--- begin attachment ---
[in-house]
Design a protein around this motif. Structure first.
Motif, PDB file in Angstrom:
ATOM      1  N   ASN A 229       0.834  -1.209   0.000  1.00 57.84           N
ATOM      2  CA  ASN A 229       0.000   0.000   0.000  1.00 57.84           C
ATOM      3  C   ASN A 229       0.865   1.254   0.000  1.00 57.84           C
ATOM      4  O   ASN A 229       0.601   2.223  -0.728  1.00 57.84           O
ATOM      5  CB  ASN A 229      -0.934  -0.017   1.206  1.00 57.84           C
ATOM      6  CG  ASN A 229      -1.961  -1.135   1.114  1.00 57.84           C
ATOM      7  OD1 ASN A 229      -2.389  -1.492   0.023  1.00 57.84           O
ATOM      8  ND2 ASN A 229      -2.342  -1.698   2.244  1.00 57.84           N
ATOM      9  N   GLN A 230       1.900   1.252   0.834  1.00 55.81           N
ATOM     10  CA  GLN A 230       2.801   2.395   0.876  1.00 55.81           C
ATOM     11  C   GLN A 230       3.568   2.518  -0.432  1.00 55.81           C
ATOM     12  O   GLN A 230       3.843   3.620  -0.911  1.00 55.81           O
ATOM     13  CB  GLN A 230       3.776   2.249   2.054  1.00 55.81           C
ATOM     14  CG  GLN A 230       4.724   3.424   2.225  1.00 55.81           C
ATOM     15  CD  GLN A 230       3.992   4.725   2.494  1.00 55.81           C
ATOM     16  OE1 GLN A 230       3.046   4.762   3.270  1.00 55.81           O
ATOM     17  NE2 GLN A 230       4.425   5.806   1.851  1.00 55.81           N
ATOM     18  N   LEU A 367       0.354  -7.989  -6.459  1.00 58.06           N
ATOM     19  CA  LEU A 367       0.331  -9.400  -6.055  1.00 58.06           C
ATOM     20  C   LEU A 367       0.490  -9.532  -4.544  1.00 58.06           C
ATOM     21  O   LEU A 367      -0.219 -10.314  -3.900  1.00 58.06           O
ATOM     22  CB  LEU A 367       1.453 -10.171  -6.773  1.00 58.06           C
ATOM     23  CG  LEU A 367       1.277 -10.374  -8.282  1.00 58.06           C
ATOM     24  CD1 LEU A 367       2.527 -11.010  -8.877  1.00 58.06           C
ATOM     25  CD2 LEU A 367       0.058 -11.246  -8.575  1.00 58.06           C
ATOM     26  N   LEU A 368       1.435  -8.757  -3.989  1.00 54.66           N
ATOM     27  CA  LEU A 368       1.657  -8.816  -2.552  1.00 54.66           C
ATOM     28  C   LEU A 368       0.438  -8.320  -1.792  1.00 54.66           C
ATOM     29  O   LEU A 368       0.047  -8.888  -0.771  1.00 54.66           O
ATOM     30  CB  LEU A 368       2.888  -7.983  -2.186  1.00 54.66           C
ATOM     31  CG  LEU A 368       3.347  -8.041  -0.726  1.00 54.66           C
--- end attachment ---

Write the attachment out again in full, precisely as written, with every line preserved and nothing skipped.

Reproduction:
[in-house]
Design a protein around this motif. Structure first.
Motif, PDB file in Angstrom:
ATOM      1  N   ASN A 229       0.834  -1.209   0.000  1.00 57.84           N
ATOM      2  CA  ASN A 229       0.000   0.000   0.000  1.00 57.84           C
ATOM      3  C   ASN A 229       0.865   1.254   0.000  1.00 57.84           C
ATOM      4  O   ASN A 229       0.601   2.223  -0.728  1.00 57.84           O
ATOM      5  CB  ASN A 229      -0.934  -0.017   1.206  1.00 57.84           C
ATOM      6  CG  ASN A 229      -1.961  -1.135   1.114  1.00 57.84           C
ATOM      7  OD1 ASN A 229      -2.389  -1.492   0.023  1.00 57.84           O
ATOM      8  ND2 ASN A 229      -2.342  -1.698   2.244  1.00 57.84           N
ATOM      9  N   GLN A 230       1.900   1.252   0.834  1.00 55.81           N
ATOM     10  CA  GLN A 230       2.801   2.395   0.876  1.00 55.81           C
ATOM     11  C   GLN A 230       3.568   2.518  -0.432  1.00 55.81           C
ATOM     12  O   GLN A 230       3.843   3.620  -0.911  1.00 55.81           O
ATOM     13  CB  GLN A 230       3.776   2.249   2.054  1.00 55.81           C
ATOM     14  CG  GLN A 230       4.724   3.424   2.225  1.00 55.81           C
ATOM     15  CD  GLN A 230       3.992   4.725   2.494  1.00 55.81           C
ATOM     16  OE1 GLN A 230       3.046   4.762   3.270  1.00 55.81           O
ATOM     17  NE2 GLN A 230       4.425   5.806   1.851  1.00 55.81           N
ATOM     18  N   LEU A 367       0.354  -7.989  -6.459  1.00 58.06           N
ATOM     19  CA  LEU A 367       0.331  -9.400  -6.055  1.00 58.06           C
ATOM     20  C   LEU A 367       0.490  -9.532  -4.544  1.00 58.06           C
ATOM     21  O   LEU A 367      -0.219 -10.314  -3.900  1.00 58.06           O
ATOM     22  CB  LEU A 367       1.453 -10.171  -6.773  1.00 58.06           C
ATOM     23  CG  LEU A 367       1.277 -10.374  -8.282  1.00 58.06           C
ATOM     24  CD1 LEU A 367       2.527 -11.010  -8.877  1.00 58.06           C
ATOM     25  CD2 LEU A 367       0.058 -11.246  -8.575  1.00 58.06           C
ATOM     26  N   LEU A 368       1.435  -8.757  -3.989  1.00 54.66           N
ATOM     27  CA  LEU A 368       1.657  -8.816  -2.552  1.00 54.66           C
ATOM     28  C   LEU A 368       0.438  -8.320  -1.792  1.00 54.66           C
ATOM     29  O   LEU A 368       0.047  -8.888  -0.771  1.00 54.66           O
ATOM     30  CB  LEU A 368       2.888  -7.983  -2.186  1.00 54.66           C
ATOM     31  CG  LEU A 368       3.347  -8.041  -0.726  1.00 54.66           C